We're almost done: my last "raw number" projection before the pretty, shiny finalized numbers come out later on.
Today we look at the bullpen. Last season the Angels banked on an innings-eater rotation while investing little into the bullpen, going in on two years of a lights-out Sean Burnett and taking a one-year risk on TJ recoveree Ryan Madson. Unfortunately, Burnett injured his flexor tendon and pitched just 9.2 innings in 13 games of 2013, and Madson never threw a single pitch above High-A rehab (though Burnett was lights-out in his brief 9.2 innings, pitching to a 0.93 ERA). Aside from that, Kevin "King of Mediocrity" Jepsen retained his crown, pitching to a 4.50 ERA before bowing to an appendectomy in August; Michael Kohn, also a TJ recoveree last season, had a great year...outside of blowing three saves against Texas, all via the walk-off home run; Ernesto Frieri lost his closer role for a good portion of the summer due to his sudden inability to locate corners of the strike zone; Garrett Richards, Jerome Williams, Joe Blanton and Tommy Hanson all did stints shuttling from the bullpen to the rotation; Dane de la Rosa provided the bullpen's one bright spot, although starting the season with a struggle, drawing to a close with a 6-1 record, 2.86 ERA, 1.161 WHIP, 8.1 K/9 and just 0.4 HR/9, seeming to clinch himself a setup role on the 2014 team.
This season, the team takes a different angle.
Jerry Dipoto finally embraced Frieri as the team's closer, handing him the job months before spring training began. Shortly before THAT, however, he inked Cleveland sidearm setup marvel Joe Smith to a three-year, $15.75 million contract, and picked up Rule V lefty Brian Moran from Seattle, via Toronto, in a trade for international signing money. Burnett appears on track to return to the team by Opening Day, even if beginning spring training late. Richards finally emerges from the bullpen into the rotation where he belongs, and likely to stay there. De La Rosa, Kohn and Jepsen are all set to return as well. And for added depth, Dipoto inked the likes of Brandon Lyon, Mike Monster and Clay Rapada to minor league deals, while also acquiring guys such as Fernando Salas, Josh Wall and Robert Carson via trades and waivers, and even still also having young guns like Buddy Boshers, Michael Roth and Cory Rasmus at the ready. Basically? Dipoto has depth in case the bullpen still manages to implode this season.
To play judge and jury of who makes the bullpen is MOSTLY easier than with the bench; Kohn, Burnett, De La Rosa, Smith and Frieri are all virtual locks. However, it looks like there will be open season between Moran, Salas, Jepsen, Blanton, Rasmus, Rapada, Carson, Wall, Lyon and possibly even Monster, an indy-league find, for the last two spots. The projection is a bit easier when considering that Moran and Jepsen cannot be optioned without being either returned to their original team (Moran) or exposed to waivers (Jepsen). So let's begin!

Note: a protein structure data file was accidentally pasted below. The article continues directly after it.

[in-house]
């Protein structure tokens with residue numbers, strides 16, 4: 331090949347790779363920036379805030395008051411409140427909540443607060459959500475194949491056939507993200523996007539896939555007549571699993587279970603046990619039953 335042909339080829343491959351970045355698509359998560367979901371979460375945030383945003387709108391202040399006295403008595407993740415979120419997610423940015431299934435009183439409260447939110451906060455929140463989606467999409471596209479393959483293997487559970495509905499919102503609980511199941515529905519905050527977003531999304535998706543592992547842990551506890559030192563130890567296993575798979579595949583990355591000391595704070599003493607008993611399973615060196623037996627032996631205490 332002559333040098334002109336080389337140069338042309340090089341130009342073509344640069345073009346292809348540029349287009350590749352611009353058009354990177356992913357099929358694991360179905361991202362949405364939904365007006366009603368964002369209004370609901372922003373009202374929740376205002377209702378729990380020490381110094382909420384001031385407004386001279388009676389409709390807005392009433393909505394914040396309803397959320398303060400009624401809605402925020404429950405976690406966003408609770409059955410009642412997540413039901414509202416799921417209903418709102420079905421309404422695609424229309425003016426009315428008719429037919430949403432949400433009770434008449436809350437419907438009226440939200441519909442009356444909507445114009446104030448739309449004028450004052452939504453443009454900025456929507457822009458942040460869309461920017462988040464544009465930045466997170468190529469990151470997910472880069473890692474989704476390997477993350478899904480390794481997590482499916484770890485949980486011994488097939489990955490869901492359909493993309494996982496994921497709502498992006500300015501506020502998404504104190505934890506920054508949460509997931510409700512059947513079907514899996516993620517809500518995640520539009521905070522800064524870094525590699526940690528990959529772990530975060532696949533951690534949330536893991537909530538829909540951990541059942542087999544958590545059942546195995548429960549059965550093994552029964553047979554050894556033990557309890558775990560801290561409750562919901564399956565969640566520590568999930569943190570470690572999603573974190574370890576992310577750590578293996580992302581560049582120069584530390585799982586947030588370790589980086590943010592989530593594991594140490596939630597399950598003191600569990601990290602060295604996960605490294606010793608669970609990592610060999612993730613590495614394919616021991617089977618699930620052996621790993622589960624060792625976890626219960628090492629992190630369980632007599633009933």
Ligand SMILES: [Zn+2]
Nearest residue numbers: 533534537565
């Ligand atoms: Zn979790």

BRIAN MORAN, RELIEF PITCHER
2013: 2-5, 3.45 ERA, 1.436 WHIP, 12.2 K/9, 4.25 K/BB, 62.2 IP (w/ AAA Tacoma)
Moran was selected by Toronto with the 5th overall pick in the Rule V Draft at the Winter Meetings this past December, and then immediately traded to the Angels for $244,000 of international signing money. Moran was a 7th round pick of the Seattle Mariners in the 2009 MLB Draft, as a college junior out of the University of North Carolina. A high-strikeout lefty reliever (he possesses a career K/9 rate of 10.6), he looks to be a solid add to the Angels' bullpen, should he show well enough in spring. And the Angels certainly hope he shows well enough--they gave up 10% of their international signing pool for him. His high WHIP last season was uncharacteristic--a bloated 10.1 H/9 rate, sharply different from his pre-2013 minor league average of 7.7. He looks to be the most serious Rule V pick for the Angels in 14 years. Could he turn out like a Johan Santana or a Josh Hamilton--two of the biggest names of our current generation to come out of the Rule V Draft?
Would Scioscia be a "moran" not to include him the 2014 bullpen? Probably, yes. The team hasn't had a high-strikeout lefty (defined by a K/9 rate of at least 8.0) in the bullpen since Brian Fuentes (who, despite his postseason failures in 2009, was a decent closer) in 2010. If we could call Moran a LOOGY for 2014, I'd be thrilled. And if it doesn't work out (i.e. he makes the team and then tanks)? We have the likes of Rapada and Carson as AAA depth to bring up in his place. At this rate, however, I think Moran is a FINE risk to take. His 11.4 K/9 would project to be second only to Frieri on the team, as would his 3.55 K/BB.